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Distinct population histories among three unique species of oceanic skaters Halobates Eschscholtz, 1822 (Hemiptera: Heteroptera: Gerridae) in the Eastern Pacific Ocean


The oceans are harsh environments where insects are not expected to thrive, yet a few skaters of the genus Halobates Eschscholtz, 1822 (Hemiptera: Heteroptera: Gerridae) have completely adapted to life on the open seas. There are five oceanic Halobates species that have well-established and distinct distributions, but little is known about their population dynamics and intraspecific genetic variation. Moreover, existing knowledge on most species has been largely based on limited sample sizes. We examined the phylogeographic patterns and inferred past population dynamics of three Halobates species (H. micans Eschscholtz, 1822, H. sobrinus White, 1883 and H. splendens Witlaczil, 1886) based on an unprecedented large number of specimens (73–199 individuals each) collected from the Eastern Tropical Pacific (ETP) Ocean. These species have distinct biogeographies, with H. sobrinus occurring mostly along coastal Mexico, H. micans in the ETP north of the equator, and H. splendens largely south of the equator in the cold tongue of water derived from the Peru (Humboldt) current. We did not find evidence for sub-population structure within each species over distances as far as 6000–7000 km. Populations of all three species were found to deviate from neutrality, with evidence of past population growth. Genetic diversity and haplotype genealogies varied between species, implying distinct evolutionary trajectories. Coalescent analyses using Bayesian skyline plots suggested that H. splendens underwent a population expansion ~ 1 Ma, whereas H. sobrinus and H. micans experienced demographic growth ~ 120 Ka to 100 Ka, respectively. The period of population expansion of H. splendens roughly corresponds to the establishment of cool, productive waters in the cold tongue starting ~ 1 Ma and reaching modern temperatures ~ 800 Ka. Population expansions of both H. micans and H. sobrinus north of the equator occurred mostly during the last interglacial period, characterized by increased frequency and dominance of El Niño conditions, and a relatively southerly position of the Intertropical Convergence Zone of high rainfall. Intensification of El Niño conditions between ~ 75 and 125 Ka may have produced a warmer, low wind and nutrient-depleted habitat favoring population growth for both H. micans and H. sobrinus. Key insights drawn from the results of this study, alongside future resolution of evolutionary relationships among Halobates species, will complete our understanding of how these remarkable insects conquered the high seas where no other insect could.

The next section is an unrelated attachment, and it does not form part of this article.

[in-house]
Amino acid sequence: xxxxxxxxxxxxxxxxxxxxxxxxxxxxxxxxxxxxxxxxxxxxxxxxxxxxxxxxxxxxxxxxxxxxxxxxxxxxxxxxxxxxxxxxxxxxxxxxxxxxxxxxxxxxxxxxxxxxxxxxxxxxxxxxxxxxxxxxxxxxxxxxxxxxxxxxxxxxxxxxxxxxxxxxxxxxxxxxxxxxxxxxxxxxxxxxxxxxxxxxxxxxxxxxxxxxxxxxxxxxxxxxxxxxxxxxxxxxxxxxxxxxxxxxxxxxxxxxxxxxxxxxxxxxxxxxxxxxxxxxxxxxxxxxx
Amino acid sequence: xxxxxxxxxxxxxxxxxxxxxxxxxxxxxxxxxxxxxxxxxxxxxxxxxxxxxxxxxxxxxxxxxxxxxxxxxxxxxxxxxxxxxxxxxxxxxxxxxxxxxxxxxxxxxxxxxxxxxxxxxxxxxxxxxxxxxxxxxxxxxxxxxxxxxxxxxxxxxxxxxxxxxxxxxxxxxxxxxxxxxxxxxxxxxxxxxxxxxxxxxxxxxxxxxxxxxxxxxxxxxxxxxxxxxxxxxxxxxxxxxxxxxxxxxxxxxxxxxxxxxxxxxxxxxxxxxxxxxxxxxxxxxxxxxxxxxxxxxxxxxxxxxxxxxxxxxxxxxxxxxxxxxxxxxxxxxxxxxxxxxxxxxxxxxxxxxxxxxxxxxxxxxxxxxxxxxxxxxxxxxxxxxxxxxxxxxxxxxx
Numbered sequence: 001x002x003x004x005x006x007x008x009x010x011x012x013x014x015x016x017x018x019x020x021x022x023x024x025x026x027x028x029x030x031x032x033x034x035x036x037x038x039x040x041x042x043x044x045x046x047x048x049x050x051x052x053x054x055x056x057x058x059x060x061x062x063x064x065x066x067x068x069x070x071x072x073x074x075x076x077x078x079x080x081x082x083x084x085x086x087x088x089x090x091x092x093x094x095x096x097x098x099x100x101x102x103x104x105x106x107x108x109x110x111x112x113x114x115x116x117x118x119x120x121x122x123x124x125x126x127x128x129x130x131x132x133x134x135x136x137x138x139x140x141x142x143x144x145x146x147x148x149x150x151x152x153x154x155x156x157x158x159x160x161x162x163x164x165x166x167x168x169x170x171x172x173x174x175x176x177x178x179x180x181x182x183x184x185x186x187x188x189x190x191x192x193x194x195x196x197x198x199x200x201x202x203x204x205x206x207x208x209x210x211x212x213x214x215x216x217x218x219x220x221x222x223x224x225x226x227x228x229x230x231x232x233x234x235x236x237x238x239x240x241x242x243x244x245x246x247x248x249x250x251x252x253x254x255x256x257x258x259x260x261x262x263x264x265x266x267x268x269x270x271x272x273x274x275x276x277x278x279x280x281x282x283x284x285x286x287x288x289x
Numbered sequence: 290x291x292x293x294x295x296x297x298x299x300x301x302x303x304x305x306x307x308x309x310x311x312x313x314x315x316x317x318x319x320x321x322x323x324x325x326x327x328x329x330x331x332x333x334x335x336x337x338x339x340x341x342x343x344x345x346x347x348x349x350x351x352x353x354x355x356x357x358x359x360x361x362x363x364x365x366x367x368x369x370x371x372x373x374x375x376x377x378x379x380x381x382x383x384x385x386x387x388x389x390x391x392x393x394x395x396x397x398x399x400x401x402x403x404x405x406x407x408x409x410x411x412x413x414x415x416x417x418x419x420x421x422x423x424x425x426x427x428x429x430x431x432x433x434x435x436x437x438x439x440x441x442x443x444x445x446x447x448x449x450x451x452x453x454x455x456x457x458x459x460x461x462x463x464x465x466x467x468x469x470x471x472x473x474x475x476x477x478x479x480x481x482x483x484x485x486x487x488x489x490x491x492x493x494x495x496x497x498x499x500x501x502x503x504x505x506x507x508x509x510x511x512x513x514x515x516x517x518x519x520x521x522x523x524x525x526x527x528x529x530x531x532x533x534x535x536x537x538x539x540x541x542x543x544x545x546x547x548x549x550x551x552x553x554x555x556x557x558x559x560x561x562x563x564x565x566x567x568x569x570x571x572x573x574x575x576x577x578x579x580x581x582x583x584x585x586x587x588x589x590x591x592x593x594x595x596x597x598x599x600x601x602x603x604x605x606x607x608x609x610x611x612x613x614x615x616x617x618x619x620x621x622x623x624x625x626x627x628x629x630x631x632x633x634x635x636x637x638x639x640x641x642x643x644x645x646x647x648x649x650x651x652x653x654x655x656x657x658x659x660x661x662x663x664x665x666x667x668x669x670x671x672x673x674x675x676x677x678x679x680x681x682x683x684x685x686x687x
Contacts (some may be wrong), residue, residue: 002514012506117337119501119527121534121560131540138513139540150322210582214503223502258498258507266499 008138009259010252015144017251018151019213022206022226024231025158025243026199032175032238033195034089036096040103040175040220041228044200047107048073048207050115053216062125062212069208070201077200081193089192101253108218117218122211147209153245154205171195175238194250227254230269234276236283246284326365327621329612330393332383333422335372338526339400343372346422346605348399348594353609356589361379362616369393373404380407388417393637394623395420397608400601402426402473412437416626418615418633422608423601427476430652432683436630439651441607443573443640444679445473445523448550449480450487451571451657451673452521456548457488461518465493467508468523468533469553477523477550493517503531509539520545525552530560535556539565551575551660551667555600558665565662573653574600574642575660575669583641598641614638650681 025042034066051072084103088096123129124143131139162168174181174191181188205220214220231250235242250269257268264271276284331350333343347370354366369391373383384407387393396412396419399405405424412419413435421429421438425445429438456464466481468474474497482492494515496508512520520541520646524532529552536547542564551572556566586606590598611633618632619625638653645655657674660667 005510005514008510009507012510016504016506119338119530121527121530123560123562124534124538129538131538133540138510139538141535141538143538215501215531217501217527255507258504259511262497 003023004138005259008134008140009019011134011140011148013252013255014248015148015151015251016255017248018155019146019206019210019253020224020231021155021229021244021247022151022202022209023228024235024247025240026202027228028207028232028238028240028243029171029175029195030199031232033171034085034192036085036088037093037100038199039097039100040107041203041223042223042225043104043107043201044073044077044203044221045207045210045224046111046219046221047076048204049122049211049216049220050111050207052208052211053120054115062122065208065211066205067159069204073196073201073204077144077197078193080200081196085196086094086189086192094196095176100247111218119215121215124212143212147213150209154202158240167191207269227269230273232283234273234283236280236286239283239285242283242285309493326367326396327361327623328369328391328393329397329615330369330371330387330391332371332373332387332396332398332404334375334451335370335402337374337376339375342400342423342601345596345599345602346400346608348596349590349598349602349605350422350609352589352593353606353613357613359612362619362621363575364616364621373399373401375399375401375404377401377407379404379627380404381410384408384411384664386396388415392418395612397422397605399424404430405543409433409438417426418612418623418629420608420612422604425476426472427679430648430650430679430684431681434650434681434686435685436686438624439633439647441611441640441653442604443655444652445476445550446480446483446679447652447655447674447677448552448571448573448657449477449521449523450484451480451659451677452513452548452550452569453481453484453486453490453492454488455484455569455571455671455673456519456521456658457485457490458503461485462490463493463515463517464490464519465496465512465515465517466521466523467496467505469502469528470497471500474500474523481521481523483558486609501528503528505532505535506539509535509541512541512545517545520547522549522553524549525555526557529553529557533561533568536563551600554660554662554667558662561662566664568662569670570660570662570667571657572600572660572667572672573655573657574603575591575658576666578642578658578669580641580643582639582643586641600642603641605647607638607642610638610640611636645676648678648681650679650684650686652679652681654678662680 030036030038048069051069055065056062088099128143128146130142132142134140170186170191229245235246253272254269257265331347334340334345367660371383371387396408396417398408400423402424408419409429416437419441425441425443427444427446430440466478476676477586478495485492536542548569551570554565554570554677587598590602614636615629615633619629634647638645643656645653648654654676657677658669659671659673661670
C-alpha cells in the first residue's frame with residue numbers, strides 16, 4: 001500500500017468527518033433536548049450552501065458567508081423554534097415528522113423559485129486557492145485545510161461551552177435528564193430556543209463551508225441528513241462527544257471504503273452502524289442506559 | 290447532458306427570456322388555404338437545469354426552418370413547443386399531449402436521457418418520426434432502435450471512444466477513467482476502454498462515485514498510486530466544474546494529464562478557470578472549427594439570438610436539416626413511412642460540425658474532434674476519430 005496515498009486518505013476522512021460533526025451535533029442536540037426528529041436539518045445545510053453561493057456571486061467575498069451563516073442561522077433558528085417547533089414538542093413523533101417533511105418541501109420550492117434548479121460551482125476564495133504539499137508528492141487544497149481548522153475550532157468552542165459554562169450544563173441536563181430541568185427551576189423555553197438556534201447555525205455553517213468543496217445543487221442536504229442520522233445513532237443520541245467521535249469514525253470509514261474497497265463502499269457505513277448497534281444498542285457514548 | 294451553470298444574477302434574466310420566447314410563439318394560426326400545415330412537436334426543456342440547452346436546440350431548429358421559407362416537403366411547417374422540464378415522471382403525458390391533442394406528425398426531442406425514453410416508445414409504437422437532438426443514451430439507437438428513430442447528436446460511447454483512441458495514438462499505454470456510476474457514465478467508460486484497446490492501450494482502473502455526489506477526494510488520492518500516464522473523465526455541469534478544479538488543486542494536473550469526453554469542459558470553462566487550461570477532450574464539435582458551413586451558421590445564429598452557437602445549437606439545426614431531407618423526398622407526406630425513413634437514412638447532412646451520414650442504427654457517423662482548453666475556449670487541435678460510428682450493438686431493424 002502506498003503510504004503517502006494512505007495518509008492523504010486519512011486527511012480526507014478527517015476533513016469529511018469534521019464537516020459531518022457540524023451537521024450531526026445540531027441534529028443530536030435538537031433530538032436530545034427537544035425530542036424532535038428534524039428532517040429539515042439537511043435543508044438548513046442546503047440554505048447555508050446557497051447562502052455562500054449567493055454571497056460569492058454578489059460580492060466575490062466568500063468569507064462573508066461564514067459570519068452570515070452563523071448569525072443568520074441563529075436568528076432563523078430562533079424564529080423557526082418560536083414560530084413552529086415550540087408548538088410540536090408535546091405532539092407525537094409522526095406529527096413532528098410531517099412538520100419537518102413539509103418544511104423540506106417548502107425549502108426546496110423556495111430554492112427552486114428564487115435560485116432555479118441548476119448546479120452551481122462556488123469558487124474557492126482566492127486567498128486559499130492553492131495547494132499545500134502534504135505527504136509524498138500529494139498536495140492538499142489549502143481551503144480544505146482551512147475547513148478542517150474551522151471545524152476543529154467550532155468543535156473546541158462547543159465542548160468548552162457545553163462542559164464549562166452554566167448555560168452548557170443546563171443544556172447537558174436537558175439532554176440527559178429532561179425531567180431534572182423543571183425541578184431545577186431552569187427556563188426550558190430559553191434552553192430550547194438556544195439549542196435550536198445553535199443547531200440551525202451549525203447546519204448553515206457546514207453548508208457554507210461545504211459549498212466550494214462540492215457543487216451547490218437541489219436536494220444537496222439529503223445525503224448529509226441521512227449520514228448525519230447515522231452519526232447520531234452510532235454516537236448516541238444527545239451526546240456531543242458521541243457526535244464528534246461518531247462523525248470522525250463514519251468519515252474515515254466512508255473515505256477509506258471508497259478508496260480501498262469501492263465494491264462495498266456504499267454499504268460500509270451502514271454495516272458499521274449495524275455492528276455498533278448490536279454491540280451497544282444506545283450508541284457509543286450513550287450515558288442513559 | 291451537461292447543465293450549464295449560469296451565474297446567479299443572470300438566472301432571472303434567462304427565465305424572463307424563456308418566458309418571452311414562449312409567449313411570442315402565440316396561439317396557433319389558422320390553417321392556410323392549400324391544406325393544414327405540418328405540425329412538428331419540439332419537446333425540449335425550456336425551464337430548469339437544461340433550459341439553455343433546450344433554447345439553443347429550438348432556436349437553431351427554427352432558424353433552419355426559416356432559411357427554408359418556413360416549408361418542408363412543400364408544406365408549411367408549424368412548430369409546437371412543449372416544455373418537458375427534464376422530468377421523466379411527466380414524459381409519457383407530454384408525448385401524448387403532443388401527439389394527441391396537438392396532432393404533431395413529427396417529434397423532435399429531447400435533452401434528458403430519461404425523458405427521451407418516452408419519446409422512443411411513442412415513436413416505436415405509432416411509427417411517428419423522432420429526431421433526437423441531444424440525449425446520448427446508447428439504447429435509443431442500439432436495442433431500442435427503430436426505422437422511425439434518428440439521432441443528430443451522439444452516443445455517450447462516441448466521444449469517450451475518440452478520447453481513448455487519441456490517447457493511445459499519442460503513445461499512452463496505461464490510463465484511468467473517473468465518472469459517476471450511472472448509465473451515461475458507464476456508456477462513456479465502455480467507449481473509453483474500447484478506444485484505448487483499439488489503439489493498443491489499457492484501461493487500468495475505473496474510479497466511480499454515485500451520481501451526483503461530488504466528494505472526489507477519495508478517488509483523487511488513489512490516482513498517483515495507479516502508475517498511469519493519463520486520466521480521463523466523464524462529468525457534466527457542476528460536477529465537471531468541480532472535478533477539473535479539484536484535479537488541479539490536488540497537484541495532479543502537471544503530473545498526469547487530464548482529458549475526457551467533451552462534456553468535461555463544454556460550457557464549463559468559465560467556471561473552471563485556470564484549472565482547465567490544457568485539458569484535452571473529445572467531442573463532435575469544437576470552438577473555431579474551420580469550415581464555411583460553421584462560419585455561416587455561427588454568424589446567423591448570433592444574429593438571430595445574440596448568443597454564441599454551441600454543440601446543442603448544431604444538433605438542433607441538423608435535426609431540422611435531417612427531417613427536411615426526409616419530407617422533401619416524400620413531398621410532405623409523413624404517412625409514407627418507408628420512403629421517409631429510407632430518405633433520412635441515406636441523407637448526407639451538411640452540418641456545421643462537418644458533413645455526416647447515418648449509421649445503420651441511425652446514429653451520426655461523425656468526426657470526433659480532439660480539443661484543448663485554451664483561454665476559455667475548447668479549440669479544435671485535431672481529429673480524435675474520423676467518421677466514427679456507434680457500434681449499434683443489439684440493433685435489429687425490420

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Data availability

The data related to and supporting the findings of this study are available within this article, and as Electronic Supplementary Material (ESM) linked to the same article (see list below). Barcodes are publicly available on GenBank (Accession nos.: MZ043159–MZ043536) from 30th November 2021.

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We thank the Pelagic Invertebrate Collection of Scripps Institution of Oceanography, University of California, San Diego, for the loan of specimens used in this study. We are indebted to Dr. Robert L. Pitman, formerly at NOAA, Southwest Fisheries Science Center, LA Jolla, California, and the 2 dip net collectors for making Halobates samples available for this study. We are also grateful to Prof. Rudolf Meier for provision of lab resources required for molecular work and NGS sequencing.


No funding was received specifically for conducting this study.

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Correspondence to Wendy Y. Wang.

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We declare that there are no conflicts of interest for any parties involved in the development of this paper.

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We declare that all applicable international, national and/or institutional guidelines for sampling and use of organisms for this non-experimental study have been followed. No special permits were required for the collection of Halobates in the Eastern Tropical Pacific Ocean as they are considered to be marine invertebrates or zooplankton. No live organisms were used or unnecessarily harmed for this study.

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Wang, W.Y., Chang, J.J.M., Norris, R. et al. Distinct population histories among three unique species of oceanic skaters Halobates Eschscholtz, 1822 (Hemiptera: Heteroptera: Gerridae) in the Eastern Pacific Ocean. Mar Biol 168, 147 (2021).

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